Showing posts with label Photography. Show all posts
Showing posts with label Photography. Show all posts

Thursday, December 30, 2021

Nights In The Park

Finding Beauty In Darkness

My low-light photography journey began long ago. One of the first books I bought when I was learning to use a camera specialized in the challenges of capturing images in dimly lit conditions.

a photo of bethesda terrace central park at night in new york city
Bethesda Terrace and Reflections - Central Park, New York City

That was back in the film days, and the process was quite different. We didn't have the ability to confirm a proper exposure at the time of capture. HDR, Image Stabilization, and Night Mode didn't exist. High ISO film looked horrible, and the film that we used to capture most images required specially calculated adjustments to exposure time when the exposures lasted longer than a few seconds. Focusing effectively in the dark was extraordinarily challenging.

a photo of castle belvedere at night with a moon in new york city
Castle Belvedere With Moon - Central Park, New York

I didn't do terribly well at first, and for some years, I all but gave up the idea of taking photos at night. The only photos I took at night were star trails which, surprisingly, were easier to capture on film than with digital sensors.

a photo of bethesda terrace at night with the moon in central park new york
Bethesda Terrace With Moon - Central Park, New York

Once I made a firm switch to digital imaging, I gave night photography another try. One year, I went around the city photographing exterior Christmas decorations in the Winter darkness. It was a great exercise. I learned a lot in a few months, and I haven't looked back. I'm always looking for opportunities to capture the beauty of the night.

Fujifilm GFX 100S
Lenses:     GF 110mm f/2
                GF 30mm f/3.5
                GF 23mm f/4

Wishing you great light and meaningful moments!

Copyright © 2021 Daniel R. South
All Rights Reserved

Saturday, November 23, 2013

City In Motion - The Inspiration Behind The Photographs

Reflection and Possibility

Urban photographers like to work with reflections. Modern cities are endowed with a generous supply of glass panes and shiny surfaces.

One evening in the summer, I noticed a black marble wall. I pulled out my camera and experimented with shots of the reflections of passing people and the vehicles.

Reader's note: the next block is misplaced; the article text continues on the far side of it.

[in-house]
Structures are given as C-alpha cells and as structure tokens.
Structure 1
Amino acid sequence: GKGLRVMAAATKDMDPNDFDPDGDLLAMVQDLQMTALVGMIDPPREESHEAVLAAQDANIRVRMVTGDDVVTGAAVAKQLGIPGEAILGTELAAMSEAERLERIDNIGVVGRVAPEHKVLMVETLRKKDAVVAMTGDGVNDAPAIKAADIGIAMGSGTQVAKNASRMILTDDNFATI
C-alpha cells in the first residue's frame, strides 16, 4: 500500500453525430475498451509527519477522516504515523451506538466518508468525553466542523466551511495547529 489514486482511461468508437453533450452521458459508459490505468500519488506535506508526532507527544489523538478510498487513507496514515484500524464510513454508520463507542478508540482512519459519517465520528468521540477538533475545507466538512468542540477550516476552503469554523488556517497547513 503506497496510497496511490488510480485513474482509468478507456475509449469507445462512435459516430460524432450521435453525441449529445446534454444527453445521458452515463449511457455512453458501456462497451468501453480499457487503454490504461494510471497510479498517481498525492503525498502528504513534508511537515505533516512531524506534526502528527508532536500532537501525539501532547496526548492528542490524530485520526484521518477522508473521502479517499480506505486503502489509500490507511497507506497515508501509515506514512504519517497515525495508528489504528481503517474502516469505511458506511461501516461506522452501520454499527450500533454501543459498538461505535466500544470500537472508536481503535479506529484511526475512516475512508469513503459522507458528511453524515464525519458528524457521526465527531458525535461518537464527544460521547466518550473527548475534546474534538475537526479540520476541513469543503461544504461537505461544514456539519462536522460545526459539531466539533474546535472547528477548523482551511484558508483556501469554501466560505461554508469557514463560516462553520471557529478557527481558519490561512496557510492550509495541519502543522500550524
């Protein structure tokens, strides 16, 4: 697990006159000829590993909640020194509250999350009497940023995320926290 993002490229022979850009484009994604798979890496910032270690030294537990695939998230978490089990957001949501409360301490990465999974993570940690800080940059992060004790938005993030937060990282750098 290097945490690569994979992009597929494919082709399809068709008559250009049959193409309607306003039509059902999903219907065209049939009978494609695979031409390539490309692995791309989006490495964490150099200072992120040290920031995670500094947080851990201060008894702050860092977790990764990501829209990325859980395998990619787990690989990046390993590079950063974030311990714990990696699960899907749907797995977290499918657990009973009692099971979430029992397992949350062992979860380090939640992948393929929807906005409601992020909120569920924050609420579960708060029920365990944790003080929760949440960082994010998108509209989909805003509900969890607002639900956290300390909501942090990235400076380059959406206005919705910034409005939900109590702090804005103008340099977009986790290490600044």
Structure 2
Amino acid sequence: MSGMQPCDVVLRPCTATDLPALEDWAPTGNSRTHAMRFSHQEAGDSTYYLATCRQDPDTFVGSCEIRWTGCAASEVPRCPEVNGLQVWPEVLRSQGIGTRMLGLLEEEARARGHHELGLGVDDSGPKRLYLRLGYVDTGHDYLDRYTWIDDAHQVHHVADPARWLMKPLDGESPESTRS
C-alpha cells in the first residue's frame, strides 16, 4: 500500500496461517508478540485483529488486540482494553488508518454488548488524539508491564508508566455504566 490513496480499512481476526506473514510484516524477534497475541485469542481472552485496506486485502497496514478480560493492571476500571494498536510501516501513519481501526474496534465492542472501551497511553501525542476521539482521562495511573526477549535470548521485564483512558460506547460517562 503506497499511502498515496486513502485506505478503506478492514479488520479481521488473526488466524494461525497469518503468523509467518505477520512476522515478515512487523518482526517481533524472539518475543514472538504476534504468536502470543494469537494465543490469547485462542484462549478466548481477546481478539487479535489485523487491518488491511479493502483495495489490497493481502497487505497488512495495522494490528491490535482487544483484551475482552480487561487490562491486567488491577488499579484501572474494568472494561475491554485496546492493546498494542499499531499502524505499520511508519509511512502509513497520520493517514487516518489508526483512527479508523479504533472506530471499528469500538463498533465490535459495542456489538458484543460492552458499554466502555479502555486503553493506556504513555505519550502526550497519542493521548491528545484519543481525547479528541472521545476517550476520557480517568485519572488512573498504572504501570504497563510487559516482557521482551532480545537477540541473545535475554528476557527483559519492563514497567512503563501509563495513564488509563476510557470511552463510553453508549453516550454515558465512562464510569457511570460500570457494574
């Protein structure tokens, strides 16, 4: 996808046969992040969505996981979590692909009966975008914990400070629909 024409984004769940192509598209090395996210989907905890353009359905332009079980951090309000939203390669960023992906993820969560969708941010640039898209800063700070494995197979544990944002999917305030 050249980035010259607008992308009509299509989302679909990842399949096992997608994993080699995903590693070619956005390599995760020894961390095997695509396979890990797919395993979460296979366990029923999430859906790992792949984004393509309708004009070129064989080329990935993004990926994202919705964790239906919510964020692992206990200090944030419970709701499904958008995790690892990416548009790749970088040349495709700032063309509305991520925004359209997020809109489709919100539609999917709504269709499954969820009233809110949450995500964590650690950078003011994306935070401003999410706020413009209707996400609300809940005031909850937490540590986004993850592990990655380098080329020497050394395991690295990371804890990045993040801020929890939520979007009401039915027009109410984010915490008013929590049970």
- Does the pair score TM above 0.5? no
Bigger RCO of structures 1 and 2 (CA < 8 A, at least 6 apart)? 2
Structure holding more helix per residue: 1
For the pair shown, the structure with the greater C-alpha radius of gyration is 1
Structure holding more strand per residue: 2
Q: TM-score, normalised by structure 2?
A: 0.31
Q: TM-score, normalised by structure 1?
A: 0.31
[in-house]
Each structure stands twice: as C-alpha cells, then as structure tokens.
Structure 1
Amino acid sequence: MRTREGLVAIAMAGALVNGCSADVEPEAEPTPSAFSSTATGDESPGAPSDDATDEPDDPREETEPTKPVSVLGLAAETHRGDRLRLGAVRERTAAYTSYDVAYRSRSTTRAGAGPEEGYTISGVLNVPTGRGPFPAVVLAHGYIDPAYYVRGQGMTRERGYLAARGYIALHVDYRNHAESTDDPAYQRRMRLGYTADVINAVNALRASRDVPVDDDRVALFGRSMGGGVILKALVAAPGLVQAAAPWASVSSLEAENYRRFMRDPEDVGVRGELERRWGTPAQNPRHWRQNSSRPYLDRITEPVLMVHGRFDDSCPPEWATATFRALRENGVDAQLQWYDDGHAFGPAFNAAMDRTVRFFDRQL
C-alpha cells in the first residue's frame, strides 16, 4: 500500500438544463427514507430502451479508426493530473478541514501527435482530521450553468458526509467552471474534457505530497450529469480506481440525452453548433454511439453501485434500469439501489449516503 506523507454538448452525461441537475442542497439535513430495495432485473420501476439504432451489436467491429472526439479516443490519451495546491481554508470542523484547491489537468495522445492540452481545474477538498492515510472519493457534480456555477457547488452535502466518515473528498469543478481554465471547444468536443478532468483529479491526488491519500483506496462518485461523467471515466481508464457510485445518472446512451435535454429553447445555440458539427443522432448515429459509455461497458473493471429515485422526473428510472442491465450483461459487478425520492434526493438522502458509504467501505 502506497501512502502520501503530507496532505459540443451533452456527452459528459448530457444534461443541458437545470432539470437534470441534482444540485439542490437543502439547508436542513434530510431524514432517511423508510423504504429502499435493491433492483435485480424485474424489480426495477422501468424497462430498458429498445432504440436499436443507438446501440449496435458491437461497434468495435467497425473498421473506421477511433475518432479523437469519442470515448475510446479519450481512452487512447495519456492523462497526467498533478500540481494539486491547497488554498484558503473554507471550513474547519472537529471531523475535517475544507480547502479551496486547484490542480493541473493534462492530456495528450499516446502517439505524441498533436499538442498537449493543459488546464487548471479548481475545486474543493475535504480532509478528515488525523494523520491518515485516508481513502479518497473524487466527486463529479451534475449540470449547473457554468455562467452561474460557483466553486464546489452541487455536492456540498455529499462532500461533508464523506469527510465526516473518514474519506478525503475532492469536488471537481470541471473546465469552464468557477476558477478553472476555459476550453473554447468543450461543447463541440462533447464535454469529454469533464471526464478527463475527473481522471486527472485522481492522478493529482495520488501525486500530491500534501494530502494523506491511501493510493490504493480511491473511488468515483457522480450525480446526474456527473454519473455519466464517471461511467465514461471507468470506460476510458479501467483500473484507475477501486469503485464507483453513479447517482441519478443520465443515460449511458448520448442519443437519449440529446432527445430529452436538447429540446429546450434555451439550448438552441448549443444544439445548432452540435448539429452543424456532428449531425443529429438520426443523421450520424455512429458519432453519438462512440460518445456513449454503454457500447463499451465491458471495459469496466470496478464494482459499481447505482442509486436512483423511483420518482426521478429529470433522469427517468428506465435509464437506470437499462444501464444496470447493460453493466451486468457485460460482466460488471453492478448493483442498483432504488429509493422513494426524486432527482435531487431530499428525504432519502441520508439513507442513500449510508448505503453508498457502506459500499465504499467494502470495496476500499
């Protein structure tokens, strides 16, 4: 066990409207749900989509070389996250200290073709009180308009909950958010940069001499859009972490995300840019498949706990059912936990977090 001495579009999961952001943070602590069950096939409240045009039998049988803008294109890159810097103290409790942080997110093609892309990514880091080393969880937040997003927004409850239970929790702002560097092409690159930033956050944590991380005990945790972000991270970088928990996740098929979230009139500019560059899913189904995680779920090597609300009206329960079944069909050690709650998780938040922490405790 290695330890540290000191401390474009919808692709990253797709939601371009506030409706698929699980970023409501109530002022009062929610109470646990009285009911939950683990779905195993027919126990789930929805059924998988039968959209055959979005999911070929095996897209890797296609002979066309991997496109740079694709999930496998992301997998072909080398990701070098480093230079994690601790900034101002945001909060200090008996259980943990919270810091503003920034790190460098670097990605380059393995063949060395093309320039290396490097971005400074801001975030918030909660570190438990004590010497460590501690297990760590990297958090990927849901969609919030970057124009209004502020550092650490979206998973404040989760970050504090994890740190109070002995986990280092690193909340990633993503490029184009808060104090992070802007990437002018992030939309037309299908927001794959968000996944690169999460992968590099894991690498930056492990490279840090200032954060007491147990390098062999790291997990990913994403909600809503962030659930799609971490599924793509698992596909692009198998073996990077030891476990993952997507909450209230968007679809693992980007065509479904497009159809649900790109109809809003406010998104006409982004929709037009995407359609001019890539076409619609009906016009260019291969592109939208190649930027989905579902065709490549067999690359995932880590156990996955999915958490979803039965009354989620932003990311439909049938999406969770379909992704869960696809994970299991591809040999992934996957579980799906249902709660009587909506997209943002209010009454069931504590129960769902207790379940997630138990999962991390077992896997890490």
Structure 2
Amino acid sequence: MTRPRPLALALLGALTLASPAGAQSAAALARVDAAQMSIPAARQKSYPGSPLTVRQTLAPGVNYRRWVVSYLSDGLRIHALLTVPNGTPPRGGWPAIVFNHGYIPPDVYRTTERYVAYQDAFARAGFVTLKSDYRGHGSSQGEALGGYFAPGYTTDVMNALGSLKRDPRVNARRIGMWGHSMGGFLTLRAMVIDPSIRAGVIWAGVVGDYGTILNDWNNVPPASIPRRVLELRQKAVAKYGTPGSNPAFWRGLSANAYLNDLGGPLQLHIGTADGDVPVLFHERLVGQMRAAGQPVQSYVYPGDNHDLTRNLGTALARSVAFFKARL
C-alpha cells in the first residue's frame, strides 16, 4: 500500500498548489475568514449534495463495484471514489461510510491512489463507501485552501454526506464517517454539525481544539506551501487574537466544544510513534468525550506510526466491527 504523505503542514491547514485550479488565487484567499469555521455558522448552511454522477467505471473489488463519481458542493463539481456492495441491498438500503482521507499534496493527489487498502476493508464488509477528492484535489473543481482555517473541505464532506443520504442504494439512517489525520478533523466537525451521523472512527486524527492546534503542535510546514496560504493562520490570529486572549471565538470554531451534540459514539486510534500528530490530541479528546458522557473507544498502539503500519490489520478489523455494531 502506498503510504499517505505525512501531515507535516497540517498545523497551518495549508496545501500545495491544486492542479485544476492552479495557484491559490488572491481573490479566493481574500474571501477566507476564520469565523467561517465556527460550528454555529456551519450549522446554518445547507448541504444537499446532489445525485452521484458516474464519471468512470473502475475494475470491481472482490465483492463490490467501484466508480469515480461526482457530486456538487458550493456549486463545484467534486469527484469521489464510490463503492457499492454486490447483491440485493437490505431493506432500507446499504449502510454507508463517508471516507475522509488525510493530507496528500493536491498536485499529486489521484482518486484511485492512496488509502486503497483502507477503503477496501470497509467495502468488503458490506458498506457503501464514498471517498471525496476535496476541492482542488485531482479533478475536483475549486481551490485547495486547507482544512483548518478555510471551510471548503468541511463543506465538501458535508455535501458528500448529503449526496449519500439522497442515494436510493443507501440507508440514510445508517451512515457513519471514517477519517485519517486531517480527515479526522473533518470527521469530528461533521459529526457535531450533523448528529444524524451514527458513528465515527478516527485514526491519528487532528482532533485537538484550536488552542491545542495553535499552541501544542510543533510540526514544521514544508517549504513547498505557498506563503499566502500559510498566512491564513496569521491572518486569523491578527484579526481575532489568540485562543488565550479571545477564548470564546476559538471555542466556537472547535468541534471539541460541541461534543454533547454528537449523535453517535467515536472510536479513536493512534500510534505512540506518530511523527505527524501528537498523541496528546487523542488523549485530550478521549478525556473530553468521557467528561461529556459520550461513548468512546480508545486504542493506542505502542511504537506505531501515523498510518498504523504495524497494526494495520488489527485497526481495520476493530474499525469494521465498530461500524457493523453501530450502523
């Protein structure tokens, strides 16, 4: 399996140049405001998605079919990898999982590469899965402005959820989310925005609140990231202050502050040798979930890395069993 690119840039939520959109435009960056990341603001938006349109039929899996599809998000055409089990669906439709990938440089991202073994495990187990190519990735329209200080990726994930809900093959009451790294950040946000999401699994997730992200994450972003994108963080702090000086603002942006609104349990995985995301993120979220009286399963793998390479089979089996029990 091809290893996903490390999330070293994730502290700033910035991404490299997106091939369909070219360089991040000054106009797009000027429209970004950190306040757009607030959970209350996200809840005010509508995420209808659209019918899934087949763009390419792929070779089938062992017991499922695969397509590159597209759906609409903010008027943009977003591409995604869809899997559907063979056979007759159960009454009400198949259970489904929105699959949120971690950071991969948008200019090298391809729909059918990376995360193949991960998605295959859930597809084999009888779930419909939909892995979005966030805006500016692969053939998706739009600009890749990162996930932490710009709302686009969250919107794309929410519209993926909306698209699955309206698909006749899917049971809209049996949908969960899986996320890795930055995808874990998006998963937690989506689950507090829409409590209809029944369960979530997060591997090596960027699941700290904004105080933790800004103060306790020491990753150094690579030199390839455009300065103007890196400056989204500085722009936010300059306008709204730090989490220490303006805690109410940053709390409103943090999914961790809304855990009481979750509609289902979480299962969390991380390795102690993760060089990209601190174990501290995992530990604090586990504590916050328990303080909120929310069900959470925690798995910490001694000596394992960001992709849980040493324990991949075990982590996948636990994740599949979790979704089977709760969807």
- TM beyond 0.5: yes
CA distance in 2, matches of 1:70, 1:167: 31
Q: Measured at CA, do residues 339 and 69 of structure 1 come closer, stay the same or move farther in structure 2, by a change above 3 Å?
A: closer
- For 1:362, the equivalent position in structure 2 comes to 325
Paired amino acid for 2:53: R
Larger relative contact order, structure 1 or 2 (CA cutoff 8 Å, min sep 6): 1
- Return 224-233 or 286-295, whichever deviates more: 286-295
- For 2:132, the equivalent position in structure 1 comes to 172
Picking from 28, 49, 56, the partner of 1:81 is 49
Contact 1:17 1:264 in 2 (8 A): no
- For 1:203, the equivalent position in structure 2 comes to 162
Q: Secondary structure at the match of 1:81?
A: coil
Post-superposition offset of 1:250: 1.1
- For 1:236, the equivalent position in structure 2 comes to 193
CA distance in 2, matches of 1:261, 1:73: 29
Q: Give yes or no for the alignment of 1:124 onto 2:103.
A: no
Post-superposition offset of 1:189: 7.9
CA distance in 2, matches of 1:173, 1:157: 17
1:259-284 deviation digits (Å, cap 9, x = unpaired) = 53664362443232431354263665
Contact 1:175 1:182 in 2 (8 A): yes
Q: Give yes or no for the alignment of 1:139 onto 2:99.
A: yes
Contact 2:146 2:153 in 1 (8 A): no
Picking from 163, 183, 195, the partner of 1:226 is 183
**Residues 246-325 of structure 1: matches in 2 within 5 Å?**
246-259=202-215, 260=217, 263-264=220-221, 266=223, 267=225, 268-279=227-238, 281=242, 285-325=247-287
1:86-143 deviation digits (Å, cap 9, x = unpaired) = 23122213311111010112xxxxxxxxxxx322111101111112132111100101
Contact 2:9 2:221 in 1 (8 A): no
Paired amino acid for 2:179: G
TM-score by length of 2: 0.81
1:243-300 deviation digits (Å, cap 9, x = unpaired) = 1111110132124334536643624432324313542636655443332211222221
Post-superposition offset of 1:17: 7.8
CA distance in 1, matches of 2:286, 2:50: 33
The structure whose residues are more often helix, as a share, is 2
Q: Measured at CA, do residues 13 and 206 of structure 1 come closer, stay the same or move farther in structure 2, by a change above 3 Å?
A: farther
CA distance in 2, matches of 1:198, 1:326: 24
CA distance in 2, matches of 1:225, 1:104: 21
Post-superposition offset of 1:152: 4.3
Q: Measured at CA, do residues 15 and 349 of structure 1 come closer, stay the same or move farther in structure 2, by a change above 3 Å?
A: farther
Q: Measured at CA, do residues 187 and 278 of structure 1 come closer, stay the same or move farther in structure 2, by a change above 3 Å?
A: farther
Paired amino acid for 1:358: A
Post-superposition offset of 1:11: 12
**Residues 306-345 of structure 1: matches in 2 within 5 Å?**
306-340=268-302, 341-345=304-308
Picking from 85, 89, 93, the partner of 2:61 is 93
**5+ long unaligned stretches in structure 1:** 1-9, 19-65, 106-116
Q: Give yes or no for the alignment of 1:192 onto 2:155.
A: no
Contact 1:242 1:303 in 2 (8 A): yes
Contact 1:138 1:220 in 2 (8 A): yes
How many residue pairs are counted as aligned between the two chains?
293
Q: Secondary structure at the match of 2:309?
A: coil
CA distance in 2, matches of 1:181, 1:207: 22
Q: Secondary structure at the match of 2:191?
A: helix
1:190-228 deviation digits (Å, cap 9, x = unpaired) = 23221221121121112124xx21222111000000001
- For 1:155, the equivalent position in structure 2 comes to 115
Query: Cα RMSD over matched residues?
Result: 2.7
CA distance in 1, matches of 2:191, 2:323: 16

a photo of the Empire State Building in New York City in Motion
Empire State Building - New York City in Motion

It was an interesting idea, it presented technical challenges. There wasn't much light at that hour, and the dark surface absorbed most of what was available.

Even with a highly sensitive modern digital camera, I was struggling to set a shutter speed that would freeze the motion of my reflected subjects. 

My mind began to search for solutions. I considered trying again with extremely fast lenses and using special noise reduction software.

And then I said to myself, "Stop!"

I realized that I was thinking in a habitual ways. I was solving the same problems in the same way, using the same thinking that I had been using for years. It was time for a break, time to set my automatic responses aside and approach the problem from a new perspective.

a photo of Grand Central Station in New York City showing Motion
Grand Central Station - New York City In Motion

What if I couldn't freeze the motion of passing objects? What if I let them blur on purpose?

Legendary photographer Ernst Haas used motion blur creatively in his images. Search online for a copy of his photograph, La Suerte De Capa, captured in Pamplona, Spain in 1956. It's one of my all-time favorite photographs in part because it defies common practice. Instead of freezing the motion in the frame, Haas enhanced its impact on the final image. 

I began to the see a possibility. I didn't necessarily have to fight to freeze my subjects. If I cold capture motion effective in the frame of a still photograph, I could use it to show the dynamic pace of life in New York City.